·         you can search for teacher and student work

Flashscards Deluxe
·         3.99
·         Create flashcards with (Free)
·         Create cards with real pictures from flicker
·         Create or search for shared cards
·         Kids can assess themselves

Animation creator and flipbook
·         Creater 0.99
·         Flip book 4.99
·         Create animations to tell a story

·         Creative genius 0.99
·         Sparks thinking
·         3d math, get’s students to think about math operations

·         Motion math HD 2.99, good for fractions, decimals, percents. Use a ball to provide intervention, used for all levels
·         Factor samuri, free, slice through numbers until they are prime, similar to fruit ninja
·         Success maker speed games, 1.99, rti intervention, tracks progress        

·         Tools 4 student 0.99
·         Graphic organizers, used over and over again, can be emailed, monitors comprehension. Can be used across disciplines
·         Good for monitoring progress

Madlibs is a good way to teach using the ipad!

·         Spell board is 4.99
·         Create spelling lists
·         Good language practice, good practice with words, can share practice between devices, logs time spent on practice sessions

Story writing
·         Storyrobe is 0.99
·         Record a story, 3 min long, share by email, record story and draw picture

·         Oresome elements is free, periodic table app
·         Simple physics 1.99, figure out things work – simple machines, build and test
·         Build a bird free, teachers about structure and function
·         Hudson alpha is free, Icell 3d view of organism (animals, plants, and cells)

Social studies
·         Wordfoto 1.99, allows 10 words become part of a photo, great for vocabulary
·         Britannica kids apps are 4.99, several for social studies and science

Teacher tools
·         Stick pics, 2.99, questions starts based on blooms taxonomy

Flipped Classroom

Flipped Classroom
The basics of the flipped classroom:
·         Students watch lecture online or on a mobile device
·         Students complete homework during class time
·         The rationale is that students cannot ask for help with homework at home, but can receive instruction at home through the use of technology.
·         Some lessons even involved taping in class activities
·         I think this could be implemented in co-taught math classes
·         Used for laboratory experiments when students miss class.

Tech for the Behavior Needs Classroom

Tech for the Behavior Needs Classroom (Kelly Geigner)
Kelly discussed some of the high and low tech options for students her school.  The school is a self-contained behavior needs school with a small population (just over 30 students) and limited access to technology.  The sites she discussed were mostly free sites.  They involved little set-up or preparation and most of them could be incorporated into short lessons.  I’ve already used in one of my Science lessons.  A list of sites I found interesting are listed below, but a complete list is available at her blog (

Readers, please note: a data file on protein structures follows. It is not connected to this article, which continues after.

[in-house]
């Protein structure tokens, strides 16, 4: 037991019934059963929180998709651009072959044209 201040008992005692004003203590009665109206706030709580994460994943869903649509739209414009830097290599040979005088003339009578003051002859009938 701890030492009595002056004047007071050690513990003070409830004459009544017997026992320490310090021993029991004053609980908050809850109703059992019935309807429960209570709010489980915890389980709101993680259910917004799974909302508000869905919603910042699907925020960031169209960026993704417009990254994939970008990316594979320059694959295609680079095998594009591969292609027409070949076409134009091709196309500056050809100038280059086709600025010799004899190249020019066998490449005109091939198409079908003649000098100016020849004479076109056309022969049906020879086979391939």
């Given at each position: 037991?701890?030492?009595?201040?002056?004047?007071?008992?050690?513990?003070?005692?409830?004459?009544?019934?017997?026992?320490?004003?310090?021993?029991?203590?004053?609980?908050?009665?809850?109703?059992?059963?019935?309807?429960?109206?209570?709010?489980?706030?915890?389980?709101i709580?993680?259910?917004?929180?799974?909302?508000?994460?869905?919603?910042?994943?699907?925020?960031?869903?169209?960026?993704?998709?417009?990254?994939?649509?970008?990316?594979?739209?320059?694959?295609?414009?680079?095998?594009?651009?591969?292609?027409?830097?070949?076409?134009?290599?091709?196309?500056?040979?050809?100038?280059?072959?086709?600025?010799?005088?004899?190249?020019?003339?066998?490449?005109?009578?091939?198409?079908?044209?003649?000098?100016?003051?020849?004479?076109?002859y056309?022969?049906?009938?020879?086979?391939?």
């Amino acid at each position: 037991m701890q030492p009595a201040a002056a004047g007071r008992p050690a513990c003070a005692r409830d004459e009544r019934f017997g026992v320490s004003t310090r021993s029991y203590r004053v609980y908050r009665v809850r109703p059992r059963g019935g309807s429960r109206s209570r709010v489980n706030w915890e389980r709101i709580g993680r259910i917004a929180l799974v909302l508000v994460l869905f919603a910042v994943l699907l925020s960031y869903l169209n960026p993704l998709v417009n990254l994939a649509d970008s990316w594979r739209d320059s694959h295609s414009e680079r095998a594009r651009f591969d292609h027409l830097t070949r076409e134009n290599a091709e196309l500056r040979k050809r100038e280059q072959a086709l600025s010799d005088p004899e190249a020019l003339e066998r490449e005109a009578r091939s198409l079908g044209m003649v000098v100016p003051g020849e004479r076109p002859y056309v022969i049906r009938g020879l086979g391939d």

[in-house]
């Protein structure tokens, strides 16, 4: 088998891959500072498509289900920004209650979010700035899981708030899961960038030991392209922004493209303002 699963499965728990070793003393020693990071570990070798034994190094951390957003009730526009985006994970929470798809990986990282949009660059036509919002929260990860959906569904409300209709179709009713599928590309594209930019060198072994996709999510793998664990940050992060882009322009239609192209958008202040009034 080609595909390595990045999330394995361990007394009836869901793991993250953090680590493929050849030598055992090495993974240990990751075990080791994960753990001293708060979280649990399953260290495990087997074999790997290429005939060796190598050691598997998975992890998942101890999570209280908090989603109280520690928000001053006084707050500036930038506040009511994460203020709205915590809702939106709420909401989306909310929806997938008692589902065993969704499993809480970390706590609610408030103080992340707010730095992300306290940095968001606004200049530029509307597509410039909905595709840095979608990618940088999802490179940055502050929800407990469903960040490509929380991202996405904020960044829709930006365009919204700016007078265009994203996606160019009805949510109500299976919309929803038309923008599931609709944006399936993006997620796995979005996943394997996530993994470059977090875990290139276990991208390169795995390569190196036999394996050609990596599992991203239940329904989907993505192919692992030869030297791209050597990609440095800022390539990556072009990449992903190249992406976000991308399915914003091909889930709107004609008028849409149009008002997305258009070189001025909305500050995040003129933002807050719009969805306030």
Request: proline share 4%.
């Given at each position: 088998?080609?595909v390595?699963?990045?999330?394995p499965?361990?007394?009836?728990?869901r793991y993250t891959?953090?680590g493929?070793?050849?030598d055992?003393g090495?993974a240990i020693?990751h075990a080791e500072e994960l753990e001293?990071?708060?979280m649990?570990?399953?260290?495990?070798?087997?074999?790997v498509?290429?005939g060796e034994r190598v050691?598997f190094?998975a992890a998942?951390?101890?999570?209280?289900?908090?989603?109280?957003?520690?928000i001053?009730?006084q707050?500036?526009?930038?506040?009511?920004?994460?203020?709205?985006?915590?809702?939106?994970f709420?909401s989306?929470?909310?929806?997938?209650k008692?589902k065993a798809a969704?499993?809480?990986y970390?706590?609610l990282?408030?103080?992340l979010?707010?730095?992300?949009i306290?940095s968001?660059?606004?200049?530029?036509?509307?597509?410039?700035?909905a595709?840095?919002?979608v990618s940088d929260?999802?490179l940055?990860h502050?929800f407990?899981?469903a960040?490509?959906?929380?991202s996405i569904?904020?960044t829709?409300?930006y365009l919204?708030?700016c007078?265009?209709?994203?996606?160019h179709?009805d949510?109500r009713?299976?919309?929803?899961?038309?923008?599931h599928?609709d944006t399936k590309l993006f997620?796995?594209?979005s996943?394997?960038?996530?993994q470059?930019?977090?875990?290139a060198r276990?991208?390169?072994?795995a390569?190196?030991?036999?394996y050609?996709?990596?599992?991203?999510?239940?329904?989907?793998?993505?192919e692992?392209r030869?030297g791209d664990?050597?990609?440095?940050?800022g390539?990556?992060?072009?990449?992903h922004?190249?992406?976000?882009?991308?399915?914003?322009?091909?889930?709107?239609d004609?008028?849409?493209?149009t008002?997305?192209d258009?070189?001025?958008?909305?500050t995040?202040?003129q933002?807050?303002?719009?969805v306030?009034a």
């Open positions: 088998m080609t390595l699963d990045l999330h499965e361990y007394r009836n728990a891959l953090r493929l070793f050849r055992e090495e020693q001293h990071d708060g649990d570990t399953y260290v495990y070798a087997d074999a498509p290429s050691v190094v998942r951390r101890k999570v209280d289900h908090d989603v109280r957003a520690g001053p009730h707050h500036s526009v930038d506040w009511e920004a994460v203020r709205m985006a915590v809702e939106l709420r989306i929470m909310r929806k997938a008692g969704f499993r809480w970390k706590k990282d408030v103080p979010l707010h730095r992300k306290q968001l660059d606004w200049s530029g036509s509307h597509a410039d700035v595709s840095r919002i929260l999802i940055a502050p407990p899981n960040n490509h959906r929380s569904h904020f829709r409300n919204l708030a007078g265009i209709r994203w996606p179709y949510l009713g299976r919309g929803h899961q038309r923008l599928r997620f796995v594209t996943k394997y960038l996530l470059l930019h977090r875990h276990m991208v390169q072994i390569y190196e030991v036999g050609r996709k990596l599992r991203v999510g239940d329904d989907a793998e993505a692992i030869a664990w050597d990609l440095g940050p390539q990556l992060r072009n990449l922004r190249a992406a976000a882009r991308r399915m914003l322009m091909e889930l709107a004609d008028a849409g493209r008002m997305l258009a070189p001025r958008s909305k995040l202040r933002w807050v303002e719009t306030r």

Smart sync software
Picasso head
This is sand
Dogo news
10x10 news
Career information systems

Tuesday, March 13, 2012

When will blogging officially be dead?

I've read numerous times that blogging is a dead medium.  No one writes blogs anymore, they say. No one reads blogs anymore, they say.  Everyone is on Twitter and Facebook, they say.  Blogging is not a form of social media, and social media is where things are at, they say.

I started to have the same feelings - that the blog had passed its prime.  I recently began using Twitter as a communication and professional development tool, and soon I will use it to get kids to participate in discussions on the one to one program in our district.  I have a Google+ account which I use for creating communication groups for my various committees.  I contribute to wikis, save web sites to Delicious, post videos on YouTube, and use Google Hangouts and Skype for video chats.  And of course, I have a Facebook account for my personal use (sorry, but there's no way I am bringing my work life and my semi-dormant Rock Band obsession together into the same location).   With all of this going on, why would I ever return to blogging?

The answer is simple: a blog is the only place to lay out a fully-formed thought in one space that is easy to find, easy to search, and easy to manage.  It is easy to spit out fragments of ideas or to retweet someone else's post.  If Snooki can do it, so can I, right?  It takes time to write a blog, and it takes time to read a blog just like it also takes time to comprehend an idea and it takes time to form your own opinion.  Tweeting takes a minute to write and a minute to read - and it takes one minute before you move on to the next thing.